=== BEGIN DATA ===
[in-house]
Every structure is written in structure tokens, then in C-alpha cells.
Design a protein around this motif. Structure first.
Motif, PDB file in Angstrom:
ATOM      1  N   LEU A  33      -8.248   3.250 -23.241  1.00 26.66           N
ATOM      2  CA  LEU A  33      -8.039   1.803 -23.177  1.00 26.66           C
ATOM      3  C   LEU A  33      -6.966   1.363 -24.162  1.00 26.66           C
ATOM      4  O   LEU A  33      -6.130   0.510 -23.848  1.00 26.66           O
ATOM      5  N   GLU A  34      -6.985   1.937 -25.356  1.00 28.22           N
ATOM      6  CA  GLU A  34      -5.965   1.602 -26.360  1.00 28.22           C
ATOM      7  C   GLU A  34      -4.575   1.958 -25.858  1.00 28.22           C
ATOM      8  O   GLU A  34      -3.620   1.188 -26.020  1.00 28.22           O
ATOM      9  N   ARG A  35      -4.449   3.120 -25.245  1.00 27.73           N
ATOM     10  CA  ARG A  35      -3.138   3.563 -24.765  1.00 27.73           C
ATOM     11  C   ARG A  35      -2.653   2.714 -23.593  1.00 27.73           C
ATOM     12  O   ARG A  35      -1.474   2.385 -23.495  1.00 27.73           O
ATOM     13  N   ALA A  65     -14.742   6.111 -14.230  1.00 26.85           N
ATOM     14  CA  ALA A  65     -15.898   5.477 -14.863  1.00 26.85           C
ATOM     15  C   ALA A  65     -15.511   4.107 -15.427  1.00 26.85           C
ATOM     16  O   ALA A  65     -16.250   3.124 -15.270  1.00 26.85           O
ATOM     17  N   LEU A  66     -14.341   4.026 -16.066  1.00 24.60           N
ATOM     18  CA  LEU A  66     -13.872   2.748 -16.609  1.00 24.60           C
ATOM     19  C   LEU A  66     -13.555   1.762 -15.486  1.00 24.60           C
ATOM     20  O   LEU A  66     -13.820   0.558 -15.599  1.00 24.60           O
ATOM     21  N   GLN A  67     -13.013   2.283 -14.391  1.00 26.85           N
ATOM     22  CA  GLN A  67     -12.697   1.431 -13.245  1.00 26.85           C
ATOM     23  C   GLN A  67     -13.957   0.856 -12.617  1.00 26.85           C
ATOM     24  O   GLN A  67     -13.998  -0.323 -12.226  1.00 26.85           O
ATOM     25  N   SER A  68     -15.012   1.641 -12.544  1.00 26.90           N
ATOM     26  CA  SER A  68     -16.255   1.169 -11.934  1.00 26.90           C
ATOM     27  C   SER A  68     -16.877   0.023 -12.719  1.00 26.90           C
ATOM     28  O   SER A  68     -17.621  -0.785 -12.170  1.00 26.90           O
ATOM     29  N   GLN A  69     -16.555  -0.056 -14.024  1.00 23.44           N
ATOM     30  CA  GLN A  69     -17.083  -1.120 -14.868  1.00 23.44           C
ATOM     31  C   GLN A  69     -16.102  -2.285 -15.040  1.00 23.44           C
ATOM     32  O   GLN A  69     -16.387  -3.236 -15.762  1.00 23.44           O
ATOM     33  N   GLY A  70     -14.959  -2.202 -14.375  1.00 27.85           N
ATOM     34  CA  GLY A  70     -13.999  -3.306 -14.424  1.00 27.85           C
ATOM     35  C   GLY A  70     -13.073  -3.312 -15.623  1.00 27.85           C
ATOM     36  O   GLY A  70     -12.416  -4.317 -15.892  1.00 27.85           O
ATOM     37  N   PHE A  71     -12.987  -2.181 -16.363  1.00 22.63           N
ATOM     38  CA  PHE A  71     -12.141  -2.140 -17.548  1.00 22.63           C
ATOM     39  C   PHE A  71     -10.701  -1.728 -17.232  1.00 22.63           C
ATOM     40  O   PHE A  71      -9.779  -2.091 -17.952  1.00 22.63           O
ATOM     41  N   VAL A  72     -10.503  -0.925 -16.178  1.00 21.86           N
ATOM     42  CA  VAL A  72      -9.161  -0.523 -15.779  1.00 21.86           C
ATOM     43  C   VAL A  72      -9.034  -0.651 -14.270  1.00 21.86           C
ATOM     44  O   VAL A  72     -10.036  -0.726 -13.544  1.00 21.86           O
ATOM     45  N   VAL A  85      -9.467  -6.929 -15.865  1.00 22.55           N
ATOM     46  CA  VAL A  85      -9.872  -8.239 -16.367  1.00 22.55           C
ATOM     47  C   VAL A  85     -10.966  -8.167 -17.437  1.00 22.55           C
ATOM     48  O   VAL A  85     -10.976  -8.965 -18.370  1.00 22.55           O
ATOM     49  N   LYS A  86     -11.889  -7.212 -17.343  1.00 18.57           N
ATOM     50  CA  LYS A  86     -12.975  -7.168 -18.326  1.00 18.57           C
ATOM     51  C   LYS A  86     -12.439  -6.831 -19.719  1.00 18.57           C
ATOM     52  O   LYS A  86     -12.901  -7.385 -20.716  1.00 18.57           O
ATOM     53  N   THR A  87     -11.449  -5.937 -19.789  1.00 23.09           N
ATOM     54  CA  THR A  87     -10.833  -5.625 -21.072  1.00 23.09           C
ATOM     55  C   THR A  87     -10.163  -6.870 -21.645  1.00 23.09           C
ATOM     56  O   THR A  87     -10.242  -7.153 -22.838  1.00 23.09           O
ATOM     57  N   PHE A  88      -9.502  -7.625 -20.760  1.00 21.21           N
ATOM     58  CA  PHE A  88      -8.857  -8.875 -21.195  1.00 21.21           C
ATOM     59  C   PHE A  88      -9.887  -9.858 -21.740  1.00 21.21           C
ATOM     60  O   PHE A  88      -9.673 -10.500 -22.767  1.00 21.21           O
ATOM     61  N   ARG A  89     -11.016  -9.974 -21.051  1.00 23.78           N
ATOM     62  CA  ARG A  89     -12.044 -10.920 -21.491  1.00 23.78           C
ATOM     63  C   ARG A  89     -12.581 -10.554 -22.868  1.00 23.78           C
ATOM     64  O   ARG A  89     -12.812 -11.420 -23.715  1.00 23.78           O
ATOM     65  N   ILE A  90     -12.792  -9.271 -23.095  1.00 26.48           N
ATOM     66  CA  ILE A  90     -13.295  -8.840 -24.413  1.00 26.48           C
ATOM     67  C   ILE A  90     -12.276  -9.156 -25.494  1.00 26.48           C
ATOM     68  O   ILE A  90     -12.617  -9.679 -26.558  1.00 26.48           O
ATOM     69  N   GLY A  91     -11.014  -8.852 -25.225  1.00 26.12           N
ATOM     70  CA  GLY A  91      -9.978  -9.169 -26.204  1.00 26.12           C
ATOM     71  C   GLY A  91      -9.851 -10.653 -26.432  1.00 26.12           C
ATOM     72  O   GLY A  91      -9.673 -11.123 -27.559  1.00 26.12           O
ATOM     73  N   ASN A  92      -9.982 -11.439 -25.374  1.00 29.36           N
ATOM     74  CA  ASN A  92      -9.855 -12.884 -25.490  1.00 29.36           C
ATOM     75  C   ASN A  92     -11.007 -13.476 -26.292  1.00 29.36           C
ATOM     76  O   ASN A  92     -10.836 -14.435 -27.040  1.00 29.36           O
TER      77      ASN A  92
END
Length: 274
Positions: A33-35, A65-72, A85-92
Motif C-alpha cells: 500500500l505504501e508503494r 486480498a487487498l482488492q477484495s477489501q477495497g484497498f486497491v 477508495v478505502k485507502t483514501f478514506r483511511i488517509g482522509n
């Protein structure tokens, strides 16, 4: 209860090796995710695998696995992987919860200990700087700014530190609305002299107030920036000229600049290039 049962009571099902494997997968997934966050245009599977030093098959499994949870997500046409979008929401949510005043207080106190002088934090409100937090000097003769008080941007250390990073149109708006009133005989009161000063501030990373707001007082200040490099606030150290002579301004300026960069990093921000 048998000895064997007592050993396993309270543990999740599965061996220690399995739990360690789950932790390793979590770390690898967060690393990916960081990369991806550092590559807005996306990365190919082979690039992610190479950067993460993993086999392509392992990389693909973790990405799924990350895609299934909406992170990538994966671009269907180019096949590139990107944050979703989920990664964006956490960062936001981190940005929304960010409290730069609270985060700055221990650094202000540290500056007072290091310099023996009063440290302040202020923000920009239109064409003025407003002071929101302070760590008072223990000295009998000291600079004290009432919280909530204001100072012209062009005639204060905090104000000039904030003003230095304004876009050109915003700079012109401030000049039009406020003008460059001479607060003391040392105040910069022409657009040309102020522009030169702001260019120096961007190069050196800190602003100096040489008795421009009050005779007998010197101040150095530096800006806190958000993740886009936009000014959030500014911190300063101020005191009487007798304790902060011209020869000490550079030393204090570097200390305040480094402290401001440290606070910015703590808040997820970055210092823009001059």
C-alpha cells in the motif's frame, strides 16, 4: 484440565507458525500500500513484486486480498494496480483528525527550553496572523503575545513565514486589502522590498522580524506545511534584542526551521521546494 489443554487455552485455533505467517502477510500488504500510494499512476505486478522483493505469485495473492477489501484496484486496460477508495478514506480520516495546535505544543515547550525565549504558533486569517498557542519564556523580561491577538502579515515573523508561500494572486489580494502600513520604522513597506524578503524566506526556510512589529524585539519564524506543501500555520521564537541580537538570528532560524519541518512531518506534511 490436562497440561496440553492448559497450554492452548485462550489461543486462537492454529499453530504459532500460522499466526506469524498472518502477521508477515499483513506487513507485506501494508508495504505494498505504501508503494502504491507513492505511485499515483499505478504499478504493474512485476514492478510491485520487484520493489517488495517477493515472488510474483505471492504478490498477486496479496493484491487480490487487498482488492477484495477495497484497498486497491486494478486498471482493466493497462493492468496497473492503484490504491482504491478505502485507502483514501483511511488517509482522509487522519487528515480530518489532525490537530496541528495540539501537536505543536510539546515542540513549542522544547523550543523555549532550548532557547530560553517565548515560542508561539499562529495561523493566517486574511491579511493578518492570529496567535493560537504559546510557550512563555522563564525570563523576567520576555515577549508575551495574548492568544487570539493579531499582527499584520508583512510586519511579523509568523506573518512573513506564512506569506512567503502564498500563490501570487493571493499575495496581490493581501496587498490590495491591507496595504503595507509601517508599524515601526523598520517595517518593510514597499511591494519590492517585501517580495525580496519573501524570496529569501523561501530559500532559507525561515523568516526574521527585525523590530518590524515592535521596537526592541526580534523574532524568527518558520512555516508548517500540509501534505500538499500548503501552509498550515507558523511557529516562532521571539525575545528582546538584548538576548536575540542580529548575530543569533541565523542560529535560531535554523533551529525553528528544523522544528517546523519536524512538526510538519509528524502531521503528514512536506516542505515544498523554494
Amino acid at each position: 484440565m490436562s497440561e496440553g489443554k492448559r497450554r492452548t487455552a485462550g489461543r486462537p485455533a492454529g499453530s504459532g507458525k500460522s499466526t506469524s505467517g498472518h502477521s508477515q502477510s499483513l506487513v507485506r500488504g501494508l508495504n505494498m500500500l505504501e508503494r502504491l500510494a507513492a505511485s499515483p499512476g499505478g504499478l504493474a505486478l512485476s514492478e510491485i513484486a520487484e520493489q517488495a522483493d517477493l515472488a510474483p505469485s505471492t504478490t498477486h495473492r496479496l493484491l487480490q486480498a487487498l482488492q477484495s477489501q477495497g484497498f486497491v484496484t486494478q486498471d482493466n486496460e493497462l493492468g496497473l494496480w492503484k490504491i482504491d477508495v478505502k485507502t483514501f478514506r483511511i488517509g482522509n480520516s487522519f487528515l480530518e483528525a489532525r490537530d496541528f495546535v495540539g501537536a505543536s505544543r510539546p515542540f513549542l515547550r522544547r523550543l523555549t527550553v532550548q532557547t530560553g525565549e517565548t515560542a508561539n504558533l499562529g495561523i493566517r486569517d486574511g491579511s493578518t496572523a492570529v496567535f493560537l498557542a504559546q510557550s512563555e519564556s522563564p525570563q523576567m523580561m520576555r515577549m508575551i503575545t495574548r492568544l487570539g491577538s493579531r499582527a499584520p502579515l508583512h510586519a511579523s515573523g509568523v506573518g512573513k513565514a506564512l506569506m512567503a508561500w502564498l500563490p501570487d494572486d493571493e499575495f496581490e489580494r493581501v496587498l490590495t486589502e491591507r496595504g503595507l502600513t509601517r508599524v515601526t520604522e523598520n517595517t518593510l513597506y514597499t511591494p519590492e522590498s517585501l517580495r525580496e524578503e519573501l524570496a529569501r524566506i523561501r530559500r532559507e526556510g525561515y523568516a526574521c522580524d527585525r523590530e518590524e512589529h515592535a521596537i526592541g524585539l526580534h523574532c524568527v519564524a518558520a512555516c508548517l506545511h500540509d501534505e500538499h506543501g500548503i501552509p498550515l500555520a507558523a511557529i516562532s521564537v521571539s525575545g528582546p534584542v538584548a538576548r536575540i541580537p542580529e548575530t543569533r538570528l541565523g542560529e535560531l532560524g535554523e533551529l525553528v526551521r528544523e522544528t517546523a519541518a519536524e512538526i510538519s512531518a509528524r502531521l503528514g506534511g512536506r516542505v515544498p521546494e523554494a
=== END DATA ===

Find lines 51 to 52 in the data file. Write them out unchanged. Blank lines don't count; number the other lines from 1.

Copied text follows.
ATOM     47  C   VAL A  85     -10.966  -8.167 -17.437  1.00 22.55           C
ATOM     48  O   VAL A  85     -10.976  -8.965 -18.370  1.00 22.55           O